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Clarkstown South’s lion-hearted little big man found his niche early and parlayed an uncommon competitive drive into a blue-ribbon wrestling career.

“David was a ferocious competitor who hated to lose,” says John Laurenzi, Hirsch’s coach his senior year, 1990. “Whether it was playing whiffle ball or wrestling for the state title or performing in the classroom, that fueled him more than anything else. He was a driven guy, and he raised the bar for everybody on the team.”

Hirsch chose wrestling in eighth grade because “I needed some sport I could equalize myself in,” he says. “I liked the fact it was an individual sport and the only person I depended on was myself.”

At 5-foot-5, Hirsch is not physically imposing. But he imposed his will on his wrestling opponents. That was never more evident than in his senior year at Cornell. Wrestling at 126 pounds, he had absorbed three losses in the regular season. In the 1994 NCAA tournament, however, payback time was at hand for Seth Harrison of Oklahoma State, Sanshiro Abe of Penn State and Jody Staylor of Old Dominion, all of whom succumbed to Hirsch after having beaten him previously. Hirsch culminated a 41-3 senior season with a one-point decision over Staylor for the NCAA championship.

In his sterling collegiate career, Hirsch:

    Won the NCAA title as a senior and placed fifth as a junior, earning All-America accolades both times;
    Was a three-time Eastern, Ivy League and New York State champion;
    Was chosen as Ivy League Wrestler of the Year and as Cornell’s athlete of the year in 1994, beating two football players who went on to the NFL.
    Posted a career mark of 116 victories and 17 losses.  

In his senior year, “My goal was to win the NCAA championships,” says Hirsch, who sweated through three workouts a day for four months – weight training, cardiovascular/aerobic conditioning and regular wrestling practice – to achieve that goal. “I had wrestled every guy who would be in my weight class in the year prior. I knew if I had a good year, I had the potential to win. I knew what it took to take the next step, to get to that level.”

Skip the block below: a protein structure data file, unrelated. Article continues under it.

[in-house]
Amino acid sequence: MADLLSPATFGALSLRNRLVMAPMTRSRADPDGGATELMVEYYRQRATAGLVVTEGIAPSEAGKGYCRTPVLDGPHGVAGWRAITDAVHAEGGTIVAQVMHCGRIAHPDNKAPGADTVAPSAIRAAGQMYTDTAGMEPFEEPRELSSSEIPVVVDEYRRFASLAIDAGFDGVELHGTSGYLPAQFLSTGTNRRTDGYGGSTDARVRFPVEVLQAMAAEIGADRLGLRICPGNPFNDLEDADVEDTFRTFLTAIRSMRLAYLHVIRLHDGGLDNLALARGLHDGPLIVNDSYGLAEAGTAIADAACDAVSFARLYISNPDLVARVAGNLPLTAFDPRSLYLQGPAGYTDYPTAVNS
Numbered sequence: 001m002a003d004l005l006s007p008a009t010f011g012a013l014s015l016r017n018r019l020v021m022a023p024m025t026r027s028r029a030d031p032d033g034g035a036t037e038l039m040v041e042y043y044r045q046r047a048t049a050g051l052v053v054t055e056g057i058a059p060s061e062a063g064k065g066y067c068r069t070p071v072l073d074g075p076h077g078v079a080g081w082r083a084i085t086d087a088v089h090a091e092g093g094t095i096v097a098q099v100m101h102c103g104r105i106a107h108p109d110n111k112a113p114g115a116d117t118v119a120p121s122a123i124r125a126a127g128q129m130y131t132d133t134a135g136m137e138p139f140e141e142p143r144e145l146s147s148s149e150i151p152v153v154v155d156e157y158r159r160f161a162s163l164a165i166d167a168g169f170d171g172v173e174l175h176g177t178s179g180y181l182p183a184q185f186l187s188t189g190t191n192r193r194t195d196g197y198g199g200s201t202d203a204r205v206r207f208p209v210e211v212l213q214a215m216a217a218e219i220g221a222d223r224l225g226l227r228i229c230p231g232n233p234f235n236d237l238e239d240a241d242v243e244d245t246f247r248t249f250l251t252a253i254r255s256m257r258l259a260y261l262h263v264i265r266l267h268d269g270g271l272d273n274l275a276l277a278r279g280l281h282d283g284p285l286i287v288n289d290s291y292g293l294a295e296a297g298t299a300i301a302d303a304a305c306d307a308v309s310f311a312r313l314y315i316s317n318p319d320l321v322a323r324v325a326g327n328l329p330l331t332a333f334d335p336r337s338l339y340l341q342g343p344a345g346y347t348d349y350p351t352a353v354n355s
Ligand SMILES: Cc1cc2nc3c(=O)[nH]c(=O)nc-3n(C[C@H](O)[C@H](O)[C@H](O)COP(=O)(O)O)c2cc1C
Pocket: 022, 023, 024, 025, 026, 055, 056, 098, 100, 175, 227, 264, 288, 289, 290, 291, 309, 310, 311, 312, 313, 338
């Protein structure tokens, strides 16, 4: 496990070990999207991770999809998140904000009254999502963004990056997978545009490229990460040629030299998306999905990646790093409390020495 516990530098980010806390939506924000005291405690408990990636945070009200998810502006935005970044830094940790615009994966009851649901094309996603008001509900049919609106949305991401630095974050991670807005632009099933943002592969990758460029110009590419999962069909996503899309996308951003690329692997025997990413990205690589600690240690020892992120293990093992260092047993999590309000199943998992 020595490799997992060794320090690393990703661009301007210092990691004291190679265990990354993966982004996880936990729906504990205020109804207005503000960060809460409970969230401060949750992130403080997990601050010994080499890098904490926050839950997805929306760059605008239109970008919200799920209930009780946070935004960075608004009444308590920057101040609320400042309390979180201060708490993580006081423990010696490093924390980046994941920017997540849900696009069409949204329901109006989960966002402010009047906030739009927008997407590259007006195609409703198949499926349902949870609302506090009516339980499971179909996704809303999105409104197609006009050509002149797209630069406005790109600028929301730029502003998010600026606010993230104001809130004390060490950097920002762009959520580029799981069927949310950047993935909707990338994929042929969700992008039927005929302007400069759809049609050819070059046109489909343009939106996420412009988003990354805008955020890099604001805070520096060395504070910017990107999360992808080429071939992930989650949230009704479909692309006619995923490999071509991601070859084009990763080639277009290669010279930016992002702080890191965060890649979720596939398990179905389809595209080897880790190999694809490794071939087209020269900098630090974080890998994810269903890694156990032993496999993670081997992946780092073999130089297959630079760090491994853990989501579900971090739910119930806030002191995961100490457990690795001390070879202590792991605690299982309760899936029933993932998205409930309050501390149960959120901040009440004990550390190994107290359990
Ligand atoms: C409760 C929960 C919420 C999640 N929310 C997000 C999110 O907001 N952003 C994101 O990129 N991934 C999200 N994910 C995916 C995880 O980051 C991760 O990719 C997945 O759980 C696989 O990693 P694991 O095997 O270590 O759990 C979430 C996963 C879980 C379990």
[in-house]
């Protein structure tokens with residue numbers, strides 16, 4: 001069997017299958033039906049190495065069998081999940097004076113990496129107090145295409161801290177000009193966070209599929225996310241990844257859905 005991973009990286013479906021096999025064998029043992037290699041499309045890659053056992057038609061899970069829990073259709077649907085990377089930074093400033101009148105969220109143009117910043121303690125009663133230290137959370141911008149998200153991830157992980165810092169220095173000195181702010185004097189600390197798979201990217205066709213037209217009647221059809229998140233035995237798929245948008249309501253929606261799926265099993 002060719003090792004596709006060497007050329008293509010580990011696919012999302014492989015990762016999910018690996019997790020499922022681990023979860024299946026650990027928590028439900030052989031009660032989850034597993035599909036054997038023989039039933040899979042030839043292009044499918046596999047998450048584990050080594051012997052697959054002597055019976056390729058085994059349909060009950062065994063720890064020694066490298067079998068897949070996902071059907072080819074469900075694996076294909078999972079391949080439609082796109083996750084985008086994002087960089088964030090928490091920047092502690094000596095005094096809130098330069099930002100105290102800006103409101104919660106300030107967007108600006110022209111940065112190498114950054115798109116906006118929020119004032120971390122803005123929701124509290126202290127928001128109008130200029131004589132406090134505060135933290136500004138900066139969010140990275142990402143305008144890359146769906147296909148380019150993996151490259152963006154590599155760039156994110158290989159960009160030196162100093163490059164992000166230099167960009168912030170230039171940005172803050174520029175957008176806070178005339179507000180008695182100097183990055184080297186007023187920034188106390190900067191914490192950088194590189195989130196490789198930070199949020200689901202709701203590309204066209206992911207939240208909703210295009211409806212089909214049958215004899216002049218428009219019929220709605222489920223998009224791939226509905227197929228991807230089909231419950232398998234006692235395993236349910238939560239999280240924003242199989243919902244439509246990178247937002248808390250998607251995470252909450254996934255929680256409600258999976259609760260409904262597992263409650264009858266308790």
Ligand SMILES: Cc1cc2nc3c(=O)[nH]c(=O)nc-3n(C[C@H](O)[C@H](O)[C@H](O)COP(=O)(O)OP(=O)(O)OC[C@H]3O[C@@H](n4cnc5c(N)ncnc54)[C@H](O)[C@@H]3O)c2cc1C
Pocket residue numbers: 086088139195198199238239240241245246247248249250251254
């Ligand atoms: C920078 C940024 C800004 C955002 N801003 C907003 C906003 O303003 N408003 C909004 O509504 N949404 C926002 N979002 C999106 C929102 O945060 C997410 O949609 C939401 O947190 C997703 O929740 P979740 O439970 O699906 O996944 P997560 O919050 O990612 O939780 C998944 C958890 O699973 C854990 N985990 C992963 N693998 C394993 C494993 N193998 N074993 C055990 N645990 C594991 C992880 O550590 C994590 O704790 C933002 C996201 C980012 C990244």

As a freckle-faced schoolboy at South, Hirsch showed glimpses of that later promise by capturing the New York State championship at 105 pounds; placing fourth in the high school national tournament to earn All-America honors; and finishing runner-up at 114 pounds in the Espoir national championships for wrestlers 18 to 21 years old, when he was only 17. “It’s a tournament for freshmen and sophomores in college, but they accepted graduating seniors,” says Hirsch, who competed in the tournament along with Emilio Collins of Tappan Zee.

In his four-year varsity career for the Vikings, Hirsch was a three-time All-County and All-Section performer and amassed more than 100 victories. He was coached by Greg Smith his freshman year, Duncan Innis his sophomore and junior years, and Laurenzi his senior year.

Hirsch was inducted into the Clarkstown South Sports Hall of Fame in 2002.

After a one-year stint as an assistant wrestling coach at Cornell, Hirsch earned a graduate dental degree from New York University, entered a residency program for oral and maxilla-facial surgery for one year, then switched to medical school, also at NYU. He has two years left in residency training and hopes to fulfill a goal of becoming an oral surgeon, specializing in cleft lip and palates.

After dental school, I wanted to do more with surgery and helping people,” says Hirsch, who has a trip planned at the end of this month to help underprivileged Mexican children with cleft lip and palates. “I wanted to do what I felt was exciting, and I like working with children.”

Hirsch, who is 30, lives in New York City with his wife Elena, and 1 1/2–year-old daughter, Kaitlyn.